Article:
A 17-element lens has 34-air-glass interfaces. That is 34 surfaces for light to bounce around and reduce image quality. Since "anytime you add something in the optical path you will lose quality", removing elements from a lens should improve image quality. Each element I remove from the lens should improve quality by removing two air-glass interfaces. Remove one element, and it becomes a 16-element lens with only 32-air-glass interfaces and the improved image quality to show for it. Remove another, and it's a 15-element lens with even better image quality.
Imagine the image quality when it is down to a 1-element lens. Then finally, the holy grail of image quality, which one cannot even imagine, a 0-element lens! It is so amazing, your mind simply cannot comprehend it. You will be in denial that this is the pinnacle of image quality. Here is a photo taken with a 0-element "lens":
The best way to determine the effect filters will have on your lenses is to take your own test shots.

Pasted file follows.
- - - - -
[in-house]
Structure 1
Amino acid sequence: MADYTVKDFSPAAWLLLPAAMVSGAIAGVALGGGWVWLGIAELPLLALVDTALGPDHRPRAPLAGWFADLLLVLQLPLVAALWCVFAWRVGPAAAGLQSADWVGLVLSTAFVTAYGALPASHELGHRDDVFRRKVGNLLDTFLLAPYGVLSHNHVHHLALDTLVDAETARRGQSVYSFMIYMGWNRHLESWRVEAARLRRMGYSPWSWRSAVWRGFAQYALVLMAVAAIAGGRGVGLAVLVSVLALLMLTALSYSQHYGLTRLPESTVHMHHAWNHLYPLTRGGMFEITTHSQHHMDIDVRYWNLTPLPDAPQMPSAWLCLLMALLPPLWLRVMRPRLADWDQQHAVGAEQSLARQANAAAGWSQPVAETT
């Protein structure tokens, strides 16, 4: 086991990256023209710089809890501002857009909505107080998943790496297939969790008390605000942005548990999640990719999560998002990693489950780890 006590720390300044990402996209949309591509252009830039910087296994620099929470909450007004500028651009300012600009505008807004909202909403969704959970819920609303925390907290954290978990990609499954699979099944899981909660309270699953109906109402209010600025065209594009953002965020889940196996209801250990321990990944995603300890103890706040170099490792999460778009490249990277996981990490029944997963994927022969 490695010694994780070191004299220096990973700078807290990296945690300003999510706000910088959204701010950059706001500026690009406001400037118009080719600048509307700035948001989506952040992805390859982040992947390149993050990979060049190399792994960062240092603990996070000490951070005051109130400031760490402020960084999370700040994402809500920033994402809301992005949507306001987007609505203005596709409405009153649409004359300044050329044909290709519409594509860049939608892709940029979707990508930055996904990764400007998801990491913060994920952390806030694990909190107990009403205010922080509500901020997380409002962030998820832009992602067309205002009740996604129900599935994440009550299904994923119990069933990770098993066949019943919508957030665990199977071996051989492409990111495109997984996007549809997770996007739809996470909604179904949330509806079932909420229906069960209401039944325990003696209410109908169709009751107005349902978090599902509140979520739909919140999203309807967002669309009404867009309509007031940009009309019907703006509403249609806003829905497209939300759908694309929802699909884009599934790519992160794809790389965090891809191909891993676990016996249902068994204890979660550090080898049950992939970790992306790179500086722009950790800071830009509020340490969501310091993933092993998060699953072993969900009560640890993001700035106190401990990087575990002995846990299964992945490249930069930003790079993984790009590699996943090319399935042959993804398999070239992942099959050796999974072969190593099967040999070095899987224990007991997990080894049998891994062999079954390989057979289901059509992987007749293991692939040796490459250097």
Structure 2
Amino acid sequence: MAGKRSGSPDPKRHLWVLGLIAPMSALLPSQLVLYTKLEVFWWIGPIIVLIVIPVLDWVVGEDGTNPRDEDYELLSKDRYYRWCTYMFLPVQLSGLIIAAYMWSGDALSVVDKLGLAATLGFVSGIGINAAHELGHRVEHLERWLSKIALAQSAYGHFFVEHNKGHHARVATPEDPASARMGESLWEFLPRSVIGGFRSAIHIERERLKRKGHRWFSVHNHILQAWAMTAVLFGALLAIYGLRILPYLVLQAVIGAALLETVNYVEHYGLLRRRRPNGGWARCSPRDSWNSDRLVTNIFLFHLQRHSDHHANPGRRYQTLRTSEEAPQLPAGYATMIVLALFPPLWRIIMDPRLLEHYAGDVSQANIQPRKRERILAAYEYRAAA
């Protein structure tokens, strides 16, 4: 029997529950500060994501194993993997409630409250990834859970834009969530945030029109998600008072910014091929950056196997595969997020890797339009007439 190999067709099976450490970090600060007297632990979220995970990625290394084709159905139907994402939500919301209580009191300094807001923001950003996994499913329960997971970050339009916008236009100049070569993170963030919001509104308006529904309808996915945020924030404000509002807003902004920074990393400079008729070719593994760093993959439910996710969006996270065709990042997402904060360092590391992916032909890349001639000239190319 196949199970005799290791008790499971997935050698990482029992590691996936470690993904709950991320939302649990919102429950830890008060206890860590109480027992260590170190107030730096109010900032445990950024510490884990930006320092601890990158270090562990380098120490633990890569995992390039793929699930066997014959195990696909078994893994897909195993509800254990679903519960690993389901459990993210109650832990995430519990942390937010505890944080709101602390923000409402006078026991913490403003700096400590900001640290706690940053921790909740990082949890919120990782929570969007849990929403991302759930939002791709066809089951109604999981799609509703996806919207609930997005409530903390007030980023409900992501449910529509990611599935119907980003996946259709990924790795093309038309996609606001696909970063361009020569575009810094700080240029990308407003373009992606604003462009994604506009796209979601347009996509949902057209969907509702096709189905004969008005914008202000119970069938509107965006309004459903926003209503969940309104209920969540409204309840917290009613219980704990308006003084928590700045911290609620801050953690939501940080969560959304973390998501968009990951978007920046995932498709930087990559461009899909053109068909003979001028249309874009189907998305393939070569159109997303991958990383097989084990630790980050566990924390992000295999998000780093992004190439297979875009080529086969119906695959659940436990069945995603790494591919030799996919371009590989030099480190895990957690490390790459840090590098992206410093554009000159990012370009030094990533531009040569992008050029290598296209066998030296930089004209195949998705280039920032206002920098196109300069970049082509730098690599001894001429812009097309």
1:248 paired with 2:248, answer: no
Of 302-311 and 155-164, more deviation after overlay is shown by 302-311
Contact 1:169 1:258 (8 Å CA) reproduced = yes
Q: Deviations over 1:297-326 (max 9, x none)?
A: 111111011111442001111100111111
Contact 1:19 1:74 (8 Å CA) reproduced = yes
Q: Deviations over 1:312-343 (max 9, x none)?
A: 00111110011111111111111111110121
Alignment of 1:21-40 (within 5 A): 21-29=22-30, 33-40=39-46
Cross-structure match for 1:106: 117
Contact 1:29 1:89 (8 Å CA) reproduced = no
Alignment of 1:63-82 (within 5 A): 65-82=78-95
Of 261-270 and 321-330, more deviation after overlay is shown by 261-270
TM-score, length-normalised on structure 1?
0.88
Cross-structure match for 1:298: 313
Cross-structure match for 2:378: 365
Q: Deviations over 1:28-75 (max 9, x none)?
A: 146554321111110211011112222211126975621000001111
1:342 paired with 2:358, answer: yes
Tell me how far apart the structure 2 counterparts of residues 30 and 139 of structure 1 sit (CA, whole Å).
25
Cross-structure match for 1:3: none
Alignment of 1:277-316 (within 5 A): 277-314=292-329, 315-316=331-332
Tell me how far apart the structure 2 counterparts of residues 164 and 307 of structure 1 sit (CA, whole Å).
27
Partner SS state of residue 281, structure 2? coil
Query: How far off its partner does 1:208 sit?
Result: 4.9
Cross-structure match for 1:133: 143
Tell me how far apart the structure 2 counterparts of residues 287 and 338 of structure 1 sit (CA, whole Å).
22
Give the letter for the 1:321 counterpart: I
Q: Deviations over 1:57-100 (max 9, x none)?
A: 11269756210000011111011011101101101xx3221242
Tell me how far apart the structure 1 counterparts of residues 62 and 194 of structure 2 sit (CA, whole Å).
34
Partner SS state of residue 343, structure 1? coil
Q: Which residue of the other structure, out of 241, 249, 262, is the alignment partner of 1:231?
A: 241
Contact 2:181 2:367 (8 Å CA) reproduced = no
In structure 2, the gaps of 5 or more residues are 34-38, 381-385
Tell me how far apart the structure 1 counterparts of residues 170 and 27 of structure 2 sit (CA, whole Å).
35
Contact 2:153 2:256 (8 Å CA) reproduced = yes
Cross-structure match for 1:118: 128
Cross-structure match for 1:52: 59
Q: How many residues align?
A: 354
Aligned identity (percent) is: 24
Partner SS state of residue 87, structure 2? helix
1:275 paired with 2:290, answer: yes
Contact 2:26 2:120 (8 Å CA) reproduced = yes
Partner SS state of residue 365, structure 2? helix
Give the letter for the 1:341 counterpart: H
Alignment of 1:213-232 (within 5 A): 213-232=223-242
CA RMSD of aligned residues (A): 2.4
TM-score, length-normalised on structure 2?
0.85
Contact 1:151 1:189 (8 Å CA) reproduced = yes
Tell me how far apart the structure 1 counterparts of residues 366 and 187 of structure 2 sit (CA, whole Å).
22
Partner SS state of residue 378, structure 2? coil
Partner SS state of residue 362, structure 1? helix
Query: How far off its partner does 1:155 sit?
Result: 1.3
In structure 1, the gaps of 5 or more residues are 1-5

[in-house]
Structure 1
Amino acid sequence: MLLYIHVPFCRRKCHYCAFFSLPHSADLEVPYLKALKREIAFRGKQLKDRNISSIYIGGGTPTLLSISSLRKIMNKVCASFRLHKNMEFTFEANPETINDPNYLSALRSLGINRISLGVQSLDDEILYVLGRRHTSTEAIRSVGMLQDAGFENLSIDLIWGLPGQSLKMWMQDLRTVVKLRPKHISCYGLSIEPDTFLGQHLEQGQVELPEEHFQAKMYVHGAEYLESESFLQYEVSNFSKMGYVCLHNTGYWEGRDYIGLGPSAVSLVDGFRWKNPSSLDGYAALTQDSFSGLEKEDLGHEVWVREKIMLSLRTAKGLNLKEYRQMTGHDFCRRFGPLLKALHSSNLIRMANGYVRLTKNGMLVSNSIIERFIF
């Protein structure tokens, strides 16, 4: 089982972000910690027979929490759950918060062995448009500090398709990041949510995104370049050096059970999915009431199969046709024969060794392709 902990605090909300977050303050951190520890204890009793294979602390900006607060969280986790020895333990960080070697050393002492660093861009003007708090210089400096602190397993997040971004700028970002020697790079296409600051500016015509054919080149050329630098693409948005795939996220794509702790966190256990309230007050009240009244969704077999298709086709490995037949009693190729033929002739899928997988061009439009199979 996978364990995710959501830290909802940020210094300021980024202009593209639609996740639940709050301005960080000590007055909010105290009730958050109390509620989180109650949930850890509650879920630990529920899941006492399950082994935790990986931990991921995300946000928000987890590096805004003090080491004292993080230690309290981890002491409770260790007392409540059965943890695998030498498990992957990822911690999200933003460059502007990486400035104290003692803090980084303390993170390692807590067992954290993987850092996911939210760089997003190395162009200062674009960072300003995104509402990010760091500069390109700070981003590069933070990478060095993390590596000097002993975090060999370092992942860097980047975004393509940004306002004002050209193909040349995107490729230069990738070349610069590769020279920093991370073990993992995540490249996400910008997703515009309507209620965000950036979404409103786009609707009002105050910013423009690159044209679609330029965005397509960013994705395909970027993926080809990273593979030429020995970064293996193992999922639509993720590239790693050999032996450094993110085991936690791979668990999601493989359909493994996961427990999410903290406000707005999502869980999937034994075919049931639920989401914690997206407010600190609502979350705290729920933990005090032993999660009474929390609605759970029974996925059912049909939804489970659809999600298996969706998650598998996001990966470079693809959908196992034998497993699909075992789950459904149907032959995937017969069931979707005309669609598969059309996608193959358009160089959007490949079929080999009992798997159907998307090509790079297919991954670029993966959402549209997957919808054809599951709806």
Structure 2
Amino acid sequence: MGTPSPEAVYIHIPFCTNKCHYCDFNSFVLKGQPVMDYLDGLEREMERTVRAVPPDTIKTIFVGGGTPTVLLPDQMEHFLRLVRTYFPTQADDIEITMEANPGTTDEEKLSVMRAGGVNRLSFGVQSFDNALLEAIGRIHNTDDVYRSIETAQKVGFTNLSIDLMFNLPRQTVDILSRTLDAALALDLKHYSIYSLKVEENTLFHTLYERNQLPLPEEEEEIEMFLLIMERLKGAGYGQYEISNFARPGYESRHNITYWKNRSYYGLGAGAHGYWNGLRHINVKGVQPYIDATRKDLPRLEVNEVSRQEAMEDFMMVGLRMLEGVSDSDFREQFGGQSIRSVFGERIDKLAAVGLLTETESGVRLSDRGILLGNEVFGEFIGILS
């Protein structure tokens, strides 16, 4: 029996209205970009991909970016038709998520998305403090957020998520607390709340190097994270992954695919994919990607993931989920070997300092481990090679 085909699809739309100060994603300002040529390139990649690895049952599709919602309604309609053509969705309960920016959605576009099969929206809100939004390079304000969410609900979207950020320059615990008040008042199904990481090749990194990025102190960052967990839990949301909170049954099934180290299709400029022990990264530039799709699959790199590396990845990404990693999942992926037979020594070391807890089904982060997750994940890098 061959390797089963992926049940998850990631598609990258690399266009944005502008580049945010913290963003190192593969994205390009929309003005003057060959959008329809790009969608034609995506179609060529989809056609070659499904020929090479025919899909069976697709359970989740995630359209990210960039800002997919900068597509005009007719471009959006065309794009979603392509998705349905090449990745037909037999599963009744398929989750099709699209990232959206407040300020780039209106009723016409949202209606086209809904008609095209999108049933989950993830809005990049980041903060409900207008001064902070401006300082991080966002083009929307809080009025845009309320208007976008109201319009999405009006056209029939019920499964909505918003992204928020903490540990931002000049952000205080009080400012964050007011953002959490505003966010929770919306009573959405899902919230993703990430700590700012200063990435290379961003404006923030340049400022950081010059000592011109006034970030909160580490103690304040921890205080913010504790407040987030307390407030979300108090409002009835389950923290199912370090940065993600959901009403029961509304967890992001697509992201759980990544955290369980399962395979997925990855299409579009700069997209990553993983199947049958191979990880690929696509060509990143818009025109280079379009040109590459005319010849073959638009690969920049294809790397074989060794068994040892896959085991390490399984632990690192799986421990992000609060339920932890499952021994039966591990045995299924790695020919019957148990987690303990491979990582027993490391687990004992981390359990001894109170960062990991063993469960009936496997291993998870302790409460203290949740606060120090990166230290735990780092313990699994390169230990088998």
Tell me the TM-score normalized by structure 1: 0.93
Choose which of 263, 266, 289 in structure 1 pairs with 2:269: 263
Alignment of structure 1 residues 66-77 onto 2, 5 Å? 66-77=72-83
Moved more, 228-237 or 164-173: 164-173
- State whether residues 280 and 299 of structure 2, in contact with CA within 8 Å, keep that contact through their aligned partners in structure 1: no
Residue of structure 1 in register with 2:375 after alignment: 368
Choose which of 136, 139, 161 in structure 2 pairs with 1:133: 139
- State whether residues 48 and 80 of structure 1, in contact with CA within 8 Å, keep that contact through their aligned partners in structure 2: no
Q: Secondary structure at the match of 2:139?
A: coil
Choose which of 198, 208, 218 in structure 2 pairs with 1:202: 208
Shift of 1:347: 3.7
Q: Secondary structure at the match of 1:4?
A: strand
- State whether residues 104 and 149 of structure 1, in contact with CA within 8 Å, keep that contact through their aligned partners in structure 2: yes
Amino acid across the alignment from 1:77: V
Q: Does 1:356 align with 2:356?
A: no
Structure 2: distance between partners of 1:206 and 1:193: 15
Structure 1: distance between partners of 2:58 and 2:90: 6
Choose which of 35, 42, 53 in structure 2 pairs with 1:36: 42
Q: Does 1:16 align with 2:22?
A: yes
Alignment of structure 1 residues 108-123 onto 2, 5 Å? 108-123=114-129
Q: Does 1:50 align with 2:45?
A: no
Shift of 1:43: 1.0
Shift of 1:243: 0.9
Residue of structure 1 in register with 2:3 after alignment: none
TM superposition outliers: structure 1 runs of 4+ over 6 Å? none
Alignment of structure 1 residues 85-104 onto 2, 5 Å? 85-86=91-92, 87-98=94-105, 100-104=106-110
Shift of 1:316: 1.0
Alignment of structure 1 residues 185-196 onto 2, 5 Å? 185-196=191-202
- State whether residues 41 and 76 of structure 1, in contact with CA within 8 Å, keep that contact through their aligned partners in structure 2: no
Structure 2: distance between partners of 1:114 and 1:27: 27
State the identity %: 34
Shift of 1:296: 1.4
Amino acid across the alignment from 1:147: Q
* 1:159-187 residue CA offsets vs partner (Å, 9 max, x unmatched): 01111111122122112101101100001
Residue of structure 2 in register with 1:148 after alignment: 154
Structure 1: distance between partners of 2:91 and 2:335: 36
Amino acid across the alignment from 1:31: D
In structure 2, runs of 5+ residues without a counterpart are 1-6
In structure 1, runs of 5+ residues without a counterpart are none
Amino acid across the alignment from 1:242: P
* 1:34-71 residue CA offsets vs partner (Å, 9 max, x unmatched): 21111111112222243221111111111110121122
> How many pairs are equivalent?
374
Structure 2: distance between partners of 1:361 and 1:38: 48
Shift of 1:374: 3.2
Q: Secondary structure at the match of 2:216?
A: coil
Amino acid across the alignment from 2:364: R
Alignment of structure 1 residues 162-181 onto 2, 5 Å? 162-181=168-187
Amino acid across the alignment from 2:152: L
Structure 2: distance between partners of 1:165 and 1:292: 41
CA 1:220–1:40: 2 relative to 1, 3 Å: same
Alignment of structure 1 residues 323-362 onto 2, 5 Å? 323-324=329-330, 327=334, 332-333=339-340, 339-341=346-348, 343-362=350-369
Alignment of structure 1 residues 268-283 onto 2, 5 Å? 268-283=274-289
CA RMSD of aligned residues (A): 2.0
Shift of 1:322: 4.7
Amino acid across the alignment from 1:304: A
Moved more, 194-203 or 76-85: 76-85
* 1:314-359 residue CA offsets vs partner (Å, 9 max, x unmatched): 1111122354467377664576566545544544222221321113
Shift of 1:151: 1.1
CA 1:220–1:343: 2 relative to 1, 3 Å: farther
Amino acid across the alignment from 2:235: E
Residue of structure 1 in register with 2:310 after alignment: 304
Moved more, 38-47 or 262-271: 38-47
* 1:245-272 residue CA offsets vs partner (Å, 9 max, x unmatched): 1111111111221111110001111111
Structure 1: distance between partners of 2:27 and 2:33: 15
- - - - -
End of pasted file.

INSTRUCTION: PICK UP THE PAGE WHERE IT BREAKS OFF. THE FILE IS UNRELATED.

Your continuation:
After reading Good Times with Bad Filters, I decided to try the stacked filter experiment myself. I took test shots without UV filter and with five stacked multi-coated UV filters plus an uncoated filter for good measure. The filters looked clean enough, so I did not clean them.
Camera sharpness and noise reduction were set to default (0). Camera was set to Full Auto, so images were underexposed with poor white balance. I compensated with some mild post-processing to increase exposure and correct white balance. I did not increase contrast or apply additional sharpening.
Again, take your own test shots with your own lenses and filters to see the effects and to satisfy yourself that your shots will meet your own personal quality standards.